Boyd’s emphasis on these points is due to the common misconception that wolves in Montana were reintroduced from a source in Canada, an erroneous point often raised by opponents of wolf management policies and their attendant recovery goals, who believe the current wolf population in Montana of approximately 1,136 animals is far too many, and that the species should be hunted down to something closer to the minimum threshold, identified by federal researchers as 150 wolves.

In 2019, Boyd retired from a 40-year career spent studying wolves, both for Montana Fish, Wildlife and Parks as well as the U.S. Fish and Wildlife Service. But in recent months she’s been carefully observing the current legislative cycle and its unprecedented volume of wolf-management measures, which she predicts will do significant harm to the wolf population and perhaps other wildlife species.

“It’s been a very hard session on natural resources,” Boyd said. “There’s a lot of misunderstanding.”

For example, she said, the oft-repeated argument perpetuated ad nauseam by sportsmen groups that wolves are decimating ungulate populations in Northwest Montana, leading to below-average harvests, is unproven. Instead, research shows that mountain lions are the top killer of both elk and mule deer, while moose are dying in greater numbers due to tick-born disease, particularly as the region’s winters become milder, allowing ticks to survive the cold and spread illness.

“You can talk to sportsman groups, hunters and ranchers, and you can tell them about all this data, that there’s three times more mountain lions in Northwest Montana than there are wolves, but they still claim the wolves have killed all the deer and elk,” Boyd said. “I don’t know how better to reach people than to give them good information and science in a format that they can look at and grasp, but opinions still don’t match reality in a lot of cases.”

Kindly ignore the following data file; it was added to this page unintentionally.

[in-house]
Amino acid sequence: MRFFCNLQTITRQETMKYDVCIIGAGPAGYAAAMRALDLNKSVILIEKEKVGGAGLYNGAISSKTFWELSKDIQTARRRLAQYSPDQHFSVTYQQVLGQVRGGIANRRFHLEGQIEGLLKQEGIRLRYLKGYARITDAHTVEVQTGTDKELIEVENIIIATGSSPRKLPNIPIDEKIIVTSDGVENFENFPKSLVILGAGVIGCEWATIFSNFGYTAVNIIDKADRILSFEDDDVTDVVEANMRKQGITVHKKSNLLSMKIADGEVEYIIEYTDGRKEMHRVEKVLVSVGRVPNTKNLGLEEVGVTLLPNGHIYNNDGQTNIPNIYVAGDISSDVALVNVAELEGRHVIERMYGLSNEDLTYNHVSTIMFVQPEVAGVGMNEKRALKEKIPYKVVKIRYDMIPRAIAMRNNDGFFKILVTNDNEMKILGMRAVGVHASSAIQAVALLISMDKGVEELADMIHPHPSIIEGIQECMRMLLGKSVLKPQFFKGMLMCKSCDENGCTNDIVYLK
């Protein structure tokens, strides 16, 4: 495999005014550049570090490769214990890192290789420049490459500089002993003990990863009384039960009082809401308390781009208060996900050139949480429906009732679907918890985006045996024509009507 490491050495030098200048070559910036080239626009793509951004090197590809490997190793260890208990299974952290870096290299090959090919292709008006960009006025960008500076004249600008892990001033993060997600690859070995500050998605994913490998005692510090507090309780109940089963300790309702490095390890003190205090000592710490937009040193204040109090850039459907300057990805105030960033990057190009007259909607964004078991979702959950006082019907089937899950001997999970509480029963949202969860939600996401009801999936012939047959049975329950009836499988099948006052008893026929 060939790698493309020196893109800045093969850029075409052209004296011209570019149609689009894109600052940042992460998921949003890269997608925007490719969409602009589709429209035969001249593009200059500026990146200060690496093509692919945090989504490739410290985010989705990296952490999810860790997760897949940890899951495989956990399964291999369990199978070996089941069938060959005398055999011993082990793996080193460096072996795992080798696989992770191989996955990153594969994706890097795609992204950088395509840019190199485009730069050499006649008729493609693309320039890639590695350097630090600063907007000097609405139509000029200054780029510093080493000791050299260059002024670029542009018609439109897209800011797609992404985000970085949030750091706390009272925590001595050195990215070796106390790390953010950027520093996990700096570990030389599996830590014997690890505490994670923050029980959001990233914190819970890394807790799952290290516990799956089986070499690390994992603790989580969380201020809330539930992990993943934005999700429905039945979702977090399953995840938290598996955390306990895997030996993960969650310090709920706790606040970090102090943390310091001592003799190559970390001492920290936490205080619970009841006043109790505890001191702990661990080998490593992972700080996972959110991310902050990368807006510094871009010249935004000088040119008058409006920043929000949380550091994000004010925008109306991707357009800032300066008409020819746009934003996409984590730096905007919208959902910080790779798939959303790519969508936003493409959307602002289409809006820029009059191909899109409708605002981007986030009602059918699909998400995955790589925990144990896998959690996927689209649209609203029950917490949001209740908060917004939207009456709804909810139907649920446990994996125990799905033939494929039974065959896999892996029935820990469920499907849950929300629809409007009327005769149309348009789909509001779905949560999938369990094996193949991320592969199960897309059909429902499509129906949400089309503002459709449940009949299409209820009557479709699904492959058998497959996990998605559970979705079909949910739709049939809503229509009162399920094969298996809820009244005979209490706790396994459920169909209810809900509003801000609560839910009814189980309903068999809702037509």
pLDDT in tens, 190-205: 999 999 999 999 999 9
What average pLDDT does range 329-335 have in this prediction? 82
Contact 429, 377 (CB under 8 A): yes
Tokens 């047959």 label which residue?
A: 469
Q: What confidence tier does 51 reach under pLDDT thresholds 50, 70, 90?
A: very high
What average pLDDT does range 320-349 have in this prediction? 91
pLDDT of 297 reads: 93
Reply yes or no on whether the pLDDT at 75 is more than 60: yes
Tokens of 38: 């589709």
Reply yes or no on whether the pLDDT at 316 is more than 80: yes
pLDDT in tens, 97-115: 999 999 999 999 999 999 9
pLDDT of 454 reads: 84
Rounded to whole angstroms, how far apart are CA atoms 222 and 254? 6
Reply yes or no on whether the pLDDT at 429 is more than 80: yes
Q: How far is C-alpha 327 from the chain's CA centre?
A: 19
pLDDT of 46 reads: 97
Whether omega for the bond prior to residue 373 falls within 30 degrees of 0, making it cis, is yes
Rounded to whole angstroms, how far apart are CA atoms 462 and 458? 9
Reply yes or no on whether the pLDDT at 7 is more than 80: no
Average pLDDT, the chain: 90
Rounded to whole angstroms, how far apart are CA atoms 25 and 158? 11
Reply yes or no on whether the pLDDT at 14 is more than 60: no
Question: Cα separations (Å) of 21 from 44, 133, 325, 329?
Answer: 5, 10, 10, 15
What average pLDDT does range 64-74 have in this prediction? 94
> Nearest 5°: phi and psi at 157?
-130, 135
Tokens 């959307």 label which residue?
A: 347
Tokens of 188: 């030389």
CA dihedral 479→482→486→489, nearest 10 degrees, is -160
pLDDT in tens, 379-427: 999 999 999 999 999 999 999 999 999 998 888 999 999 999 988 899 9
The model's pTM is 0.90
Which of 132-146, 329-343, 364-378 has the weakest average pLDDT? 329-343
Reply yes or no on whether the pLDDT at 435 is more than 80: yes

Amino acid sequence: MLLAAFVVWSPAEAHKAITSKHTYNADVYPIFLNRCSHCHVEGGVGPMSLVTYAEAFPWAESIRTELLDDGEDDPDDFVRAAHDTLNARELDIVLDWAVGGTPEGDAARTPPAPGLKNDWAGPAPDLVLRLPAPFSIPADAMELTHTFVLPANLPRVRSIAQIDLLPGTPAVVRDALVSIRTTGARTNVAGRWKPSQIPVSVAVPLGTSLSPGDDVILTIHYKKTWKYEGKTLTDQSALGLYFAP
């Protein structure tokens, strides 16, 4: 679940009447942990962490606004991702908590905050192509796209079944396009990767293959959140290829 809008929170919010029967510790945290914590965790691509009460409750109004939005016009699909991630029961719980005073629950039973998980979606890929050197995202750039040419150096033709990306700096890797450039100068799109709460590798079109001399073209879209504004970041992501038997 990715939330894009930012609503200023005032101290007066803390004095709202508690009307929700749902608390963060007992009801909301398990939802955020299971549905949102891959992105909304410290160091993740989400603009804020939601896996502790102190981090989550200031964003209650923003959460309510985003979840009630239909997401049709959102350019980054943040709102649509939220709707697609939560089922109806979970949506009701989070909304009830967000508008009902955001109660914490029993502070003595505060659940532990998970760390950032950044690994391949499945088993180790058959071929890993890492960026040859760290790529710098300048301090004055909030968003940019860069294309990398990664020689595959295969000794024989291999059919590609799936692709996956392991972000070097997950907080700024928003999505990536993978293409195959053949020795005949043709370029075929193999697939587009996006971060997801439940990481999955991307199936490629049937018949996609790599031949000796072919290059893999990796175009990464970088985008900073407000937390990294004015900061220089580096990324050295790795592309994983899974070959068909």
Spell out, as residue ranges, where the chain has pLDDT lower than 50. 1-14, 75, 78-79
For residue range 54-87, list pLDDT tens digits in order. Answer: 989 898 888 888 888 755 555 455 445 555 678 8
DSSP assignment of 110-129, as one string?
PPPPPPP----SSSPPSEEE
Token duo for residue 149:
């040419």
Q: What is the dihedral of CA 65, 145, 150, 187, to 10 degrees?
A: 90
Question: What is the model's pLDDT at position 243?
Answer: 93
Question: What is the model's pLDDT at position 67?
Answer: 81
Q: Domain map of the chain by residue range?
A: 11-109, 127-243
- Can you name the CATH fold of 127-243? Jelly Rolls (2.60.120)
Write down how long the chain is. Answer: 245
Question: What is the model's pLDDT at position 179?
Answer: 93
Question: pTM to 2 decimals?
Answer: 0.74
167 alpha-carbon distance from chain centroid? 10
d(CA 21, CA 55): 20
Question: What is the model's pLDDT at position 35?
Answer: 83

Even so, those widespread opinions are propelling a glut of measures through the Montana Legislature, many of them sponsored by lawmakers from Flathead and neighboring counties, including two that have already been signed into law — one that allows the use of snares to trap wolves, a practice that has never been allowed in Montana, due in part to the likelihood of incidentally trapping grizzly bear cubs, and another that provides compensation to hunters who trap wolves.

“It is called a wolf-compensation bill, but it’s a bounty bill,” Boyd said. “Montana is going to be paying bounties on wolves that are trapped.”

Still another proposal would allow hunting wolves at night, using spotlights and infrared scopes, while yet another eliminates the bag limit of five wolves per licensed hunter and extends the wolf-hunting season by two weeks on either end — also problematic, Boyd said, as warming climate trends force bears into their dens later in the year and out of them earlier.

“These are all new laws,” Boyd said. “The good news is wolves are incredibly resilient in figuring out ways to keep rebuilding their population. But I think the most effective way to keep wildlife on the landscape is to create value for them. Right now, to most people, wolves have no value. None. As a matter of fact, they probably have a negative value, and when that happens there is no reason that people want them on the landscape.” 

To the wildlife watcher in Glacier National Park, or the lodge owner in Gardiner, wolves have immense value, as they draw throngs of visitors to the region, providing an economic driver. And to researchers, such as Boyd and her colleagues, they provide a valuable glimpse into the rarefied ecosystems of the Rocky Mountains.

“The future for wolves given all this is still pretty bright, and I am not just wearing rose-colored glasses,” Boyd said. “But social tolerance is the only way that we are going to have wolves on the landscape. And the best way to do that is through collaboration, not legislation.”